Incident at the Waters of Marah
Chapter 1: The Drought
Pete Nolan: On a cattle drive, you have to face a lot of problems that come your way. Water is often a difficulty, sometimes there's too much of it, after a heavy rainstorm; but sometimes there's too little. Anyway, someone's got to find the water to feed both man and beast – and that's down to me. I'm Pete Nolan, the scout of this drive.
Rowdy licked his dry lips. It had been three days since they had seen the last waterhole – and now their water supplies were very low. What little water he had had in his canteen from Wishbone's rationing for that day, was now all spent. But still they had another hour or so to drive in the intense heat.
The cattle were bellowing cries of discontent, along with murmurs of revolt – but there was nothing to do except keep them moving. The only hope that Rowdy had had, went with his last drop of water. He took off his hat, and ran his hands through his hair in almost desperation, whilst mopping his brow with his bandana for the hundredth time that day. Fox was panting, and beginning to froth at the mouth. The drought was awful! How did they know that the next expected waterhole wouldn't be all dried up by the time they reached it? They didn't know – that was the truth of it. No one knew what was up ahead.
He tried to swallow, but his throat stuck together uncomfortably. Would he have to see each of the cattle drop down one by one, till even he and the other drovers followed their example? No! Surely it wouldn't come to that.
Through the refraction of the heat, Rowdy could just make out an increasing billow of dust coming towards him. Rowdy urged Fox on to the approaching rider. It was Mr. Favor. His face was now pinched with anxiety, and when he spoke, it was with a sharper tone to his voice than at other times.
"Mr. Favor, how are things?" Rowdy said inquiringly. His voice seemed dry and crackled strangely in his throat before any words came out.
Favor shook his head. "Pete seems to think we'll reach water in a couple of days – but Wishbone's fractious. As far as he's concerned, we need to reach water by noon tomorrow!"
Rowdy frowned, and inwardly winced at the thought of the terrible feeling of thirst getting worse. "Pete says a couple of days? We can't last that long. The cattle can't – let alone us! They've no water – at least we have! Not that we've much!"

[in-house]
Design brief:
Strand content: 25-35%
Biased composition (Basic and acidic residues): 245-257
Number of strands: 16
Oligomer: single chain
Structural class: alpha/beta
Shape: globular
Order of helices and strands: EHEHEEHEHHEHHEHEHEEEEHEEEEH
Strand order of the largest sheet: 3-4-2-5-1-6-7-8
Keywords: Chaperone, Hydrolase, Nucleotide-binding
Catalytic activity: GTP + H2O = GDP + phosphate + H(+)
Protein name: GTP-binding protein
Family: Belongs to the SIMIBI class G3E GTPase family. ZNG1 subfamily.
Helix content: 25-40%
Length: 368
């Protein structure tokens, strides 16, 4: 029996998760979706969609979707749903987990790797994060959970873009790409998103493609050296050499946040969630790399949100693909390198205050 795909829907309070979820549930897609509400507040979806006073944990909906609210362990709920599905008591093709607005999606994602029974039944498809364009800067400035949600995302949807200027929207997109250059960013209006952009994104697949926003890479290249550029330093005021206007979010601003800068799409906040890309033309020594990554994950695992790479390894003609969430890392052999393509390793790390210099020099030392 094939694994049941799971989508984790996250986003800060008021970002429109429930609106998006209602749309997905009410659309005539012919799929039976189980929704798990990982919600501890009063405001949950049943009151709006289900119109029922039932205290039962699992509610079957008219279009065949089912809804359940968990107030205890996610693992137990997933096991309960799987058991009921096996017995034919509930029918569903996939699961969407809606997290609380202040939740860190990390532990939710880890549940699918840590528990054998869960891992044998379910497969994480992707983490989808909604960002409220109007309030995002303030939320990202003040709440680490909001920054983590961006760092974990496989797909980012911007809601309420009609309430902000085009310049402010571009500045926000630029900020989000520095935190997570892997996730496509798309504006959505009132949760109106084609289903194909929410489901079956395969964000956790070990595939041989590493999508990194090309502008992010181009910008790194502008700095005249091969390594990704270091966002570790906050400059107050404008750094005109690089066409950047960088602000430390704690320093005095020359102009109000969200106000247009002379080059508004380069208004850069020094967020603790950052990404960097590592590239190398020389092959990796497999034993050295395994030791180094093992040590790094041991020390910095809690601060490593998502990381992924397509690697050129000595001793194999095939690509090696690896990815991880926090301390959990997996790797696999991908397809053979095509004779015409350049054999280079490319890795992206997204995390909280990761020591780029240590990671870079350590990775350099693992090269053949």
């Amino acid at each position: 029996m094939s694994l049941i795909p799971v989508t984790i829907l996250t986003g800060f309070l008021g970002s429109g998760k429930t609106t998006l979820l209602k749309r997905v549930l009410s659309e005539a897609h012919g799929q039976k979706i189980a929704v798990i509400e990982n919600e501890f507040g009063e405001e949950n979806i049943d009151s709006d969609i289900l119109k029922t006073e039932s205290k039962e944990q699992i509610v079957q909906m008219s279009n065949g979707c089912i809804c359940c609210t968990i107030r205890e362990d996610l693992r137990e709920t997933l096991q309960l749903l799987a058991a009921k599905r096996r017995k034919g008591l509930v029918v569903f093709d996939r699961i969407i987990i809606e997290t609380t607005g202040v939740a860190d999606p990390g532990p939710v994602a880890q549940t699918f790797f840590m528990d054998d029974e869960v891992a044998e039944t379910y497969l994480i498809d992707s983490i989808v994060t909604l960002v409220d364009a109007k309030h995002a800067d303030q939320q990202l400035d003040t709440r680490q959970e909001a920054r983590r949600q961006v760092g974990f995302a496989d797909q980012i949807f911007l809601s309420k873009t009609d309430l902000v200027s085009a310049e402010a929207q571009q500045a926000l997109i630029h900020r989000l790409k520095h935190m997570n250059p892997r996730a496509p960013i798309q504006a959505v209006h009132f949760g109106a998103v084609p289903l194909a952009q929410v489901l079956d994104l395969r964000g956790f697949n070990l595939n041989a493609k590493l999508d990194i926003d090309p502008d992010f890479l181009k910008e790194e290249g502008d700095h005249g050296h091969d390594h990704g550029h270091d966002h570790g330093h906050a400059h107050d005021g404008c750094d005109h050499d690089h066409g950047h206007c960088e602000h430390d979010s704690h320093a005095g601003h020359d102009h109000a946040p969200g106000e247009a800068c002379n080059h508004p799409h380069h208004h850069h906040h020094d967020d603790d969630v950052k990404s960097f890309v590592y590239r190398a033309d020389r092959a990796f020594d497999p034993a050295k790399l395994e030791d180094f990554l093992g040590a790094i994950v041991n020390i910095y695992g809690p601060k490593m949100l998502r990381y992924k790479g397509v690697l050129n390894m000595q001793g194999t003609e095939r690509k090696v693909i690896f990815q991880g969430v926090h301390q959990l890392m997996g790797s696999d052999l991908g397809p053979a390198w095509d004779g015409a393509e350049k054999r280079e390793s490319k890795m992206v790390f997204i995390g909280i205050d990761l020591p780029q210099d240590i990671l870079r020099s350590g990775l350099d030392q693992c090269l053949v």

"There's no changing anything by getting all riled up," Gil Favor said. "I learnt that a long time ago – it's time you learnt it."
He firmly squeezed his horse, and rode off back to his position of point.
Rowdy took of his hat and shaking his head, wiped his brow and the back of his neck. He just wanted the day's work to end. He found himself actually beginning to look forward to Wishbone's stew! He could almost smell the beef cooking, and taste the warm stew running down his throat. But then he realized that the only beef he could smell was the live kind; and the only thing he could taste was dust.
The drovers punched the doggies on to where Wishbone had already set up camp. Mushy was tending to the fire, whilst Wishbone busied himself at the chuckwagon. Each of the riders, saddle sore and bone weary, parched and fatigued, were glad to finally dismount, and leave their horses with Jesus, the wrangler.
Wishbone was muttering away to himself whilst Mushy quietly stared at the flames of the fire. Rowdy was the first to notice what was missing.
"Hey, Wish," he cried, making his way up to the old cook and rubbing his knee. "Where's the stew pot? I've kinda been counting on that stew all day – how come you haven't started it yet?"
Wishbone looked at Rowdy with a cantankerous and annoyed expression. "Well, Rowdy Yates. I apologize if your disappointed – but don't tell me you thought I was going to waste what little water we have left all on a stew? There's hardly enough there to make coffee, let alone a stew!"
He continued to hack away at some dry beef. There were slices of sourdough bread next to the meat, and it was all too plain to see that they had to undergo dry sandwiches for supper.
Pete rode in at that moment. He had gone on a little, up to where the high country ended, and where you could see the plains sweeping and rolling for miles ahead.
"See anything that looked like water, Pete?" Favor asked.
Pete didn't reply straightforwardly, but merely said, "Mr. Favor, could you come with me a minute?"